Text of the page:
Yokohama Chinatown, It's For Everyone
Over 150 Chinese Restaurants.
And that's not all!
YOKOHAMA - When Commodore Perry arrived in Uraga in 1857 and Tokugawa Shogunate proclaimed Yokohama an official port for foreign trade, little did anyone envision anything but trade. Chinese served as the trade broker between Japan and the Western World because of their command of English and Japanese. But as trade increased, so, too did the Chinese population and with it a demand for business ventures and burgeoning trade. And so was born a new Chinatown outside the motherland, Yokohama.
In its early years the new Chinatown stores stood side-by-side on both sides on 500 feet of street, a far cry from its current occupancy of over 50 acres and 500 businesses and roughly 150 Chinese restaurants. In 1887, Heichinro, the oldest Chinese restaurant in Japan opened its doors (it was moved to its current location after the Great Kanto Earthquake).
Yokohama Chinatown, in its present state, was completed about ten years ago. Unlike some old-style Chinese establishments complete with pig feet, ears, and exotic ingredients hanging on display, is a conglomeration of modern retail stores, improved streets, and, oh, yes, very crowded with tourists, especially on holidays.
An old saying in Yokohama could be an automatic invitation to not just buy pork bun and take it home, why not eat in restaurants. Simple guidelines can help you navigate through the crowded streets. One is to divide your choice of Chinese dishes into four separate regions; Peking (Beijing), Cantonese, Szechwan, and Shanghai, two, get recommendations from friends or cuisine experts, and, three, refer to a guide book such as this MeSay.
Peking cuisine originated in China's political, economic, and cultural center Beijing. Great cooks and superb ingredients gathered here to influence and develop today's Peking (Beijing) cuisine. Because of its cold climate, many dishes are hot and sizzling, and, like Restaurant Kaseiro, dishes are traced to Imperial Palace cooking methods during an era long past.
Shanghai cuisine originated in Shanghai located in the Yangtze Delta. With is status as a top world trade port and plentiful fresh water and salt water fish, a variety of grains, fresh vegetables, and choice teas, Restaurant S-U-Ro Saikan is a top choice.
Szechwan cuisine originated in the Yangtze River Szechwan Province. Because it's far from the ocean, chefs developed a variety of seasonings for their dishes and in the process became master creators of complex tastes delicately blended in herbs and spices. Chungking Chinese Szechwan Restaurant is a top choice.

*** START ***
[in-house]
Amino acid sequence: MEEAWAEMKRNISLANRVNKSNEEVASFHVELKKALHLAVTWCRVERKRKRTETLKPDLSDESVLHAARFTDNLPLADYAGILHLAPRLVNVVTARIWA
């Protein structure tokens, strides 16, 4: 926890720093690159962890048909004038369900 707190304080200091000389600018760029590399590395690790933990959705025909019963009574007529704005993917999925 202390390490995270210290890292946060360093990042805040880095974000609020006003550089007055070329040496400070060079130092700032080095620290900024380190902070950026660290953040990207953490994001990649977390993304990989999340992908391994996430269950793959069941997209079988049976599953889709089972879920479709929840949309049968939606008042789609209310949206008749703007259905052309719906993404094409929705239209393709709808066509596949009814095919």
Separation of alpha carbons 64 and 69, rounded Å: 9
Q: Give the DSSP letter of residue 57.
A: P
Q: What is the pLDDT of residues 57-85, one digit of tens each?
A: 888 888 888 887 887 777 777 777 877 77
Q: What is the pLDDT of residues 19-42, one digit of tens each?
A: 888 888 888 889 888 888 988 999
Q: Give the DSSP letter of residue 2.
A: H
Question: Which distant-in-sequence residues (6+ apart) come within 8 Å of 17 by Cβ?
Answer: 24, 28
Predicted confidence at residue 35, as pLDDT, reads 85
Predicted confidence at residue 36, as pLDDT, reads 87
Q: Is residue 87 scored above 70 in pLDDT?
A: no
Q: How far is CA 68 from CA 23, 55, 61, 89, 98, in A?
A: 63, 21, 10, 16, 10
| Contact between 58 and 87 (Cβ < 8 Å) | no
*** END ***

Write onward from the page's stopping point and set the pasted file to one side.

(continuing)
Cantonese cuisine originated in China's southern costal Canton Province. Many ingredients and cooking styles were imported from foreign countries to create complex dishes, which use generous portions of sea food, pork, poultry, vegetables and dry food. Because of the number of available Cantonese ingredients, an old saying, FOOD IS IN CANTON, is often heard. Our recommendation are Restaurant Heichinro and Restaurant Manchinro.
Done trying out the local cuisine? Think you're done seeing Yokohama's Chinatown? Think again! There are 10 peilou (gates) based on Feng Shui's east, west, south, and north sides, all with different identities and guarded by demigods: Bluegreen Dragon in East Gate; Red Bird in South Gate; White Tiger in West Gate, and in the North Gate, the Dark (Mysterious) Turtle.
Kantei-Byo is dedicated to the famous Guan Yu from Anguish (Three Kingdom Saga). He was incredibly loyal and honest, and is worshipped as a god of business prosperity believing the most important part of business is trust and keeping promises. A birthday celebration is held annually on June 24.
Maso-Byo, originally worshipped as a goddess of the sea and later as a goddess of protection and safety during voyages, natural disasters, plague, piracy, and pillage. A birthday celebration honors her every year on March 23.
To round out your visit to Yokohama's famed Chinatown, by all means take the local transportation-if only as an experience you must surrender to-a stroll around the city in a Rickshaw. First used as a means of transportation at the beginning of the 20th century, the Rickshaw offers an alternative to the traditionally modern taxi, driving a car in a congested city, or a risk-all bicycle ride on an equally people-logged sidewalk. A return to your hotel or a ride through the city in a Rickshaw sightseeing adventure will cost from 3,000 to 5,000 yen. ■